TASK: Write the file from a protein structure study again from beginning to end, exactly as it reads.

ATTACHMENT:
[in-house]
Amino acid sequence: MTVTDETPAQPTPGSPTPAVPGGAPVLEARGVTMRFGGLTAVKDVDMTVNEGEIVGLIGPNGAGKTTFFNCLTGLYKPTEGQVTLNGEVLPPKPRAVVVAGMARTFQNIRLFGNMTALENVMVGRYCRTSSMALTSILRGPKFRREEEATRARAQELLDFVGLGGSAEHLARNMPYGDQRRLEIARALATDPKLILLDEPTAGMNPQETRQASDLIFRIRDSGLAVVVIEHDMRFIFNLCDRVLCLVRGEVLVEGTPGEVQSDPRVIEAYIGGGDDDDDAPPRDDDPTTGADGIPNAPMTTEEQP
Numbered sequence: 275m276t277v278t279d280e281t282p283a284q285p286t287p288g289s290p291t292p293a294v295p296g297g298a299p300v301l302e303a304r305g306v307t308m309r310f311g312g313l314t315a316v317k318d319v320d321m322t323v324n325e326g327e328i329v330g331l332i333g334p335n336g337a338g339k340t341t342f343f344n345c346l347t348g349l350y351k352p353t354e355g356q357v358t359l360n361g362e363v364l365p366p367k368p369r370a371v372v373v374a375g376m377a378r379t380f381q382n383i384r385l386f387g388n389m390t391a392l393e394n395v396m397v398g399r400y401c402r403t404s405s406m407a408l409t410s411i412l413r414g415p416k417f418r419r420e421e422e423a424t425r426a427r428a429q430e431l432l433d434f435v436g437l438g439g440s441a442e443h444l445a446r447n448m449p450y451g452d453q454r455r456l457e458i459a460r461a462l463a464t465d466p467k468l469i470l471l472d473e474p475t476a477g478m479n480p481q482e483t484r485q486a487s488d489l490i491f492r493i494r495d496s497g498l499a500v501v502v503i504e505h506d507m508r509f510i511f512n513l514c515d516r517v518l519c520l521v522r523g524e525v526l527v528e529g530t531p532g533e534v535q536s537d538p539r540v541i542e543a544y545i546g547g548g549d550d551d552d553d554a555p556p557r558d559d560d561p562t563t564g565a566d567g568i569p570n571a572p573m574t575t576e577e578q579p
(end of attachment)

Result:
[in-house]
Amino acid sequence: MTVTDETPAQPTPGSPTPAVPGGAPVLEARGVTMRFGGLTAVKDVDMTVNEGEIVGLIGPNGAGKTTFFNCLTGLYKPTEGQVTLNGEVLPPKPRAVVVAGMARTFQNIRLFGNMTALENVMVGRYCRTSSMALTSILRGPKFRREEEATRARAQELLDFVGLGGSAEHLARNMPYGDQRRLEIARALATDPKLILLDEPTAGMNPQETRQASDLIFRIRDSGLAVVVIEHDMRFIFNLCDRVLCLVRGEVLVEGTPGEVQSDPRVIEAYIGGGDDDDDAPPRDDDPTTGADGIPNAPMTTEEQP
Numbered sequence: 275m276t277v278t279d280e281t282p283a284q285p286t287p288g289s290p291t292p293a294v295p296g297g298a299p300v301l302e303a304r305g306v307t308m309r310f311g312g313l314t315a316v317k318d319v320d321m322t323v324n325e326g327e328i329v330g331l332i333g334p335n336g337a338g339k340t341t342f343f344n345c346l347t348g349l350y351k352p353t354e355g356q357v358t359l360n361g362e363v364l365p366p367k368p369r370a371v372v373v374a375g376m377a378r379t380f381q382n383i384r385l386f387g388n389m390t391a392l393e394n395v396m397v398g399r400y401c402r403t404s405s406m407a408l409t410s411i412l413r414g415p416k417f418r419r420e421e422e423a424t425r426a427r428a429q430e431l432l433d434f435v436g437l438g439g440s441a442e443h444l445a446r447n448m449p450y451g452d453q454r455r456l457e458i459a460r461a462l463a464t465d466p467k468l469i470l471l472d473e474p475t476a477g478m479n480p481q482e483t484r485q486a487s488d489l490i491f492r493i494r495d496s497g498l499a500v501v502v503i504e505h506d507m508r509f510i511f512n513l514c515d516r517v518l519c520l521v522r523g524e525v526l527v528e529g530t531p532g533e534v535q536s537d538p539r540v541i542e543a544y545i546g547g548g549d550d551d552d553d554a555p556p557r558d559d560d561p562t563t564g565a566d567g568i569p570n571a572p573m574t575t576e577e578q579p